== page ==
The Day of the U.S. Citizenship Interview
You should plan to arrive at your interview at least thirty minutes before the scheduled time. This will allow time for you to clear security, organize your materials, meet with your attorney, and collect your thoughts before your interview. Be sure that you bring identification with you. This should include your legal permanent resident card, your passport, your driver’s license (or other state-issued identification), and any entry documents you have.
The immigration officer may wish to see additional documents. You should check your appointment notice to see what additional items have been requested. Don’t forget these specific documents. Failure to present them at your interview could result in denial of your application.
Remember, you have the right to have an attorney accompany you to your U.S. citizenship interview.
The Interview: General U.S. Citizenship Interview Questions
The immigration officer will begin your U.S. citizenship interview by placing you under oath. This means that you promise to tell the complete truth regarding your application. Failure to do so could result in denial of your application, criminal prosecution, and removal from the United States.
Next, the immigration officer will go through your application section by section, asking you questions from each part. Make sure you answer each question honestly and completely. If you discover you have made an error on your application, give the immigration officer the correct information so that your application may be amended. During this process, the officer may ask to see the original versions of any photocopied evidence you filed in support of your application. Be sure to have these documents organized and ready to be presented.
In addition to the general questions from your application, the officer may ask you additional eligibility questions. Specifically, the officer may inquire about your willingness to take an oath of allegiance to the United States. Answer these questions fully and truthfully.
The Interview: Civics and English Test
The most intimidating part of the U.S. citizenship interview for most applicants is the test. While some applicants are exempt from the test portion of the interview, most must successfully pass a civics and English language test.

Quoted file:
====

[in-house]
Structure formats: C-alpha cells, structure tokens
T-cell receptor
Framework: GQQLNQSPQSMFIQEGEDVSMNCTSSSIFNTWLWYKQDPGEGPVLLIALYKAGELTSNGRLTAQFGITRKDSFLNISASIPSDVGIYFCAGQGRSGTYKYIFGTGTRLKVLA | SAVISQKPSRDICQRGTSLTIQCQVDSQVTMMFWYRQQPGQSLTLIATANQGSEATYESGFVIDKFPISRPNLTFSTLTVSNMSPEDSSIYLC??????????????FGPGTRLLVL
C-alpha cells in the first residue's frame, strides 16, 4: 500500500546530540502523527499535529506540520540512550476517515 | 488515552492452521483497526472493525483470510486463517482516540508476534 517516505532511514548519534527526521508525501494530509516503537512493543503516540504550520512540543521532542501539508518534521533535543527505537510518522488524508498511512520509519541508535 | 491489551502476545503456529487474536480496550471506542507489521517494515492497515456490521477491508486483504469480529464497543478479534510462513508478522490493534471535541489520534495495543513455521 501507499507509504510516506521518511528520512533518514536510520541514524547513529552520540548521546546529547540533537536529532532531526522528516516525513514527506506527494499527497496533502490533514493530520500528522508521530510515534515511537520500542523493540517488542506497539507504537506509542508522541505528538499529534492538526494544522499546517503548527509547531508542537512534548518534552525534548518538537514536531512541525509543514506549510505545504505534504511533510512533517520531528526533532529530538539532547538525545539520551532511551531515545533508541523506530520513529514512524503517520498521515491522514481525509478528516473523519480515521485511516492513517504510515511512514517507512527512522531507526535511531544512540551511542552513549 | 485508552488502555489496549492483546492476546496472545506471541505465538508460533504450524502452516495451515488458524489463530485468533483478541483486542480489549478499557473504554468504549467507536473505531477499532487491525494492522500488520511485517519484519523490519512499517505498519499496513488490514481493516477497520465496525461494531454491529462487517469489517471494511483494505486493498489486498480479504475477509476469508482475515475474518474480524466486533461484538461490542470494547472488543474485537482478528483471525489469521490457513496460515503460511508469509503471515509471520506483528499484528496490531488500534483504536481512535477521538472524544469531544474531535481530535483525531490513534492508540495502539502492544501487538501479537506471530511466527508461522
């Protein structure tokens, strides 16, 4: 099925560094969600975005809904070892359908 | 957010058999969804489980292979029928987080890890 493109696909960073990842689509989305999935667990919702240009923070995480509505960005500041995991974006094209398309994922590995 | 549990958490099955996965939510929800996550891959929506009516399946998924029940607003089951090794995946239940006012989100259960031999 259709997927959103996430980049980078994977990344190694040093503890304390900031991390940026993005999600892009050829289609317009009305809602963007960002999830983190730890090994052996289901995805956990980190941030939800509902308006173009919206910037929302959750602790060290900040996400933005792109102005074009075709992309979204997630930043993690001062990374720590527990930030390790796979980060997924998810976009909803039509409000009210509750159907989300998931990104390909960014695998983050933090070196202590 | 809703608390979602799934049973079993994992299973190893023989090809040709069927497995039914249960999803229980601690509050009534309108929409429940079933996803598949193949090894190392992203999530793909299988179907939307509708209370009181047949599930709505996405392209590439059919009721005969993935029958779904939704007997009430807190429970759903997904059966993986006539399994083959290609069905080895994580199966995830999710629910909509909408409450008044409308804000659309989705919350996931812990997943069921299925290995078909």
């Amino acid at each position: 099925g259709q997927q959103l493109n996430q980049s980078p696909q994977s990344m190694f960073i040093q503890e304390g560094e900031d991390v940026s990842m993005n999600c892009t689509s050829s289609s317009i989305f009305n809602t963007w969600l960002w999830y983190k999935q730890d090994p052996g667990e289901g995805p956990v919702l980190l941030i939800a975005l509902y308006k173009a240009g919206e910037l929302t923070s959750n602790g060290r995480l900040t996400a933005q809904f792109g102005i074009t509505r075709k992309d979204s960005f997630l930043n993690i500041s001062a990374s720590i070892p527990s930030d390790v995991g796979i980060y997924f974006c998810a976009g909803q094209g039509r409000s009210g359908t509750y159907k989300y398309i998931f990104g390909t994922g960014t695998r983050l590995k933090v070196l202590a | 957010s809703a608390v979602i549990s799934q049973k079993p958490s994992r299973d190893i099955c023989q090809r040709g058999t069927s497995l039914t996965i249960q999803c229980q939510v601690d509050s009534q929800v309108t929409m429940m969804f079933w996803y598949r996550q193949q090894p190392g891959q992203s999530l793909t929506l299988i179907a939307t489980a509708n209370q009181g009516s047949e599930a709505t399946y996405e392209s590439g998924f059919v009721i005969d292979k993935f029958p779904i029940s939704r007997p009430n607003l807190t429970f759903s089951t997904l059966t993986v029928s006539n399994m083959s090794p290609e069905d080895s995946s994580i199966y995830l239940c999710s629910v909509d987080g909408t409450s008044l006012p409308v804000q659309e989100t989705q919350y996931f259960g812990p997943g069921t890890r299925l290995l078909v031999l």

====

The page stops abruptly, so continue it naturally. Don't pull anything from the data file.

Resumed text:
Civics The civics test will gauge your understanding of American government and U.S. history. The test will be conducted orally in English by the immigration officer. There are 100 possible test questions. The officer will ask you ten. You must answer six correctly to pass the test. All of these test questions are available online. You should study the questions and know the answers to all of them prior to your interview.
English Your English proficiency will be tested in the following three ways:
- Reading You must read aloud one sentence out of a list of three sentences. When reading, you must convince the immigration officer that you understand what the sentence means.
- Writing You must write one sentence out of three given to you by the immigration officer.
- Speaking You must be able to sufficiently answer the questions from the entire citizenship interview to show that you are proficient in spoken English.
As mentioned, some applicants are exempt from these testing requirements. To determine whether you are required to take these tests as part of your citizenship process, you should consult with an experienced immigration attorney.
After the U.S. Citizenship Interview
After completing the interview, you will receive a decision from the USCIS on your application. The length of time for final approval of your application will depend on the processing time at your local USCIS office.
Once your application is approved, you will be required to attend a swearing-in ceremony. These events are oftentimes special occasions, and you should make every effort to attend. You will then be given a certificate of naturalization and will be eligible to apply for a U.S. passport, register to vote, and take advantage of any other benefit of being an American citizen.